Happiness is intangible. If you want to be happy, you must learn to thrive in whatever lifestyle you choose. Strengths, positive emotions, and resilience equal happiness. The more we understand what makes us happy, the better we can understand the need to live a simple life of minimalism or a life full of possessions and stuff.
A study conducted in the 1970s attempted to determine the level of happiness in people who thought their lives were perfect. Psychologists discovered that those who had won lotteries and had tons of money were no happier those who just meet their basic needs. It was determined that money and possessions can buy short term happiness.
Social experts also state that once you have a level of happiness due to financial gain, you are now in a materialistic cycle. You try stay happy through the constant purchase material items.
This cycle may be true for some but there are also countless other people who have good jobs, high incomes, possessions, and know when their belongings make them happy. A nice home, good car, money to travel, and giving their family advantages can make them happy. Do they strive for more? Possibly, but that striving for more makes them happy.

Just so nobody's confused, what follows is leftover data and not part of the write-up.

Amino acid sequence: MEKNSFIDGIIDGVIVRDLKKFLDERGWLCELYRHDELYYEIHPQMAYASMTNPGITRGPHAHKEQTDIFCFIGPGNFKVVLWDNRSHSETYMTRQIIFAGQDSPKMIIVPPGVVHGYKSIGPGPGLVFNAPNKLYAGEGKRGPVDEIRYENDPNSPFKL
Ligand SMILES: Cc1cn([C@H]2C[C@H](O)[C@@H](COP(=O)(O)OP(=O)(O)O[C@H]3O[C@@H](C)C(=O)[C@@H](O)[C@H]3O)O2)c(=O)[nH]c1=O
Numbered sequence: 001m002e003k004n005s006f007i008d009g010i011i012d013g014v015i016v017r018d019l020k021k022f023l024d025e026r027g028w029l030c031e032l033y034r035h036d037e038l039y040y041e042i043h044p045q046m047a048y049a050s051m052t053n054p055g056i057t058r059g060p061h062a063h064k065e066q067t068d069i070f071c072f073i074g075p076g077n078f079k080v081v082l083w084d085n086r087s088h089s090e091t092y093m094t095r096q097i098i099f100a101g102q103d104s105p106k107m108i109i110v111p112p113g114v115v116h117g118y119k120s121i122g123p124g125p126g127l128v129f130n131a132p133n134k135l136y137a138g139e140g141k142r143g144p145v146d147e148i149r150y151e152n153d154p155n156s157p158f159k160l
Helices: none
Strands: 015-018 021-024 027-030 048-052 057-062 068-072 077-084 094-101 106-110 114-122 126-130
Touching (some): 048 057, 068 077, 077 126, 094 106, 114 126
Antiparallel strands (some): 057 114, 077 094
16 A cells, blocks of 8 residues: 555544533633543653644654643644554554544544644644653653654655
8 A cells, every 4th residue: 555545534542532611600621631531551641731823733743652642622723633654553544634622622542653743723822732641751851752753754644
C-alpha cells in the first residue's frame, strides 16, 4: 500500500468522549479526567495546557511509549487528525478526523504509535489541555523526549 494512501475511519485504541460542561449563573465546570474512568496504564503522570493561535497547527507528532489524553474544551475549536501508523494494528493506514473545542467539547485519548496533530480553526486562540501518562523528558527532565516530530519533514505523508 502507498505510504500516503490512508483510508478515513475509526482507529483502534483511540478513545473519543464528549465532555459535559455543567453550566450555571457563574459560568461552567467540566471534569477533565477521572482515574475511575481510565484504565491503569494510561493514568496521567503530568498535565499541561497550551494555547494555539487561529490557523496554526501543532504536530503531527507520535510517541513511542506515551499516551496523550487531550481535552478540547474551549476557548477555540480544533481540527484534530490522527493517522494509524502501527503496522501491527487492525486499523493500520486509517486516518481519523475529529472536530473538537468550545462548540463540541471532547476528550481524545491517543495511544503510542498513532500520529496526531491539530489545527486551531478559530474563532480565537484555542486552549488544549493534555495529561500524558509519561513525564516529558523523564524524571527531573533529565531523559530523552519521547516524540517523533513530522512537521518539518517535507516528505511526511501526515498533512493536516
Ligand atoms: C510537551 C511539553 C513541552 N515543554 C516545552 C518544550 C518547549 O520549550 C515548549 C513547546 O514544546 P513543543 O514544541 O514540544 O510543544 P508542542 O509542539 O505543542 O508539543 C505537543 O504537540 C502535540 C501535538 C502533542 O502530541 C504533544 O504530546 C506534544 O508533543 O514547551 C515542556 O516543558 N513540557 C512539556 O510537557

This same study discovered that participants who spend money on others experienced great happiness. They had feelings of euphoria, contentment, and altruism. Money made them happy; possessions were awesome.
Minimalists who have little money to spend on others, tend to be on the selfish side. They are thinking only about their minimalist lifestyle, their own well-being, and achieving simplicity in their lives. They may physically help others, but giving material wealth is out of the question.
Trying to determine what lifestyle will bring you the most happiness can leave you in a very interesting situation. Do I declutter and give everything away, or do I work hard, earn money, and help others with my wealth? What will give me the greatest sense of happiness?
What will lead to happiness and fulfillment?
Vilfredo Pareto, an Italian economist, stated that 80% of happiness comes from 20% of lifestyle activities. To follow Pareto’s experiment, pinpoint what brings you fulfillment and happiness. Maximize your time and resources to that 20%. Break down what makes you happy and follow what lifestyle makes you happiest.
Martin Luther King, Jr. wrote that we need to find a way to become motivated to make a difference. Is minimalism this answer or can you help others with the possessions you have. One extraordinary family built a large cabin. They filled it with all the things they loved and enjoyed. Their philosophy? We will allow others to use this cabin and enjoy our possessions. We open up our home to underprivileged children, friends who need a place to “get away from it all”, and those who cannot afford to have an experience in a cabin. Getting rid of their possessions would not give this family the opportunity to serve others.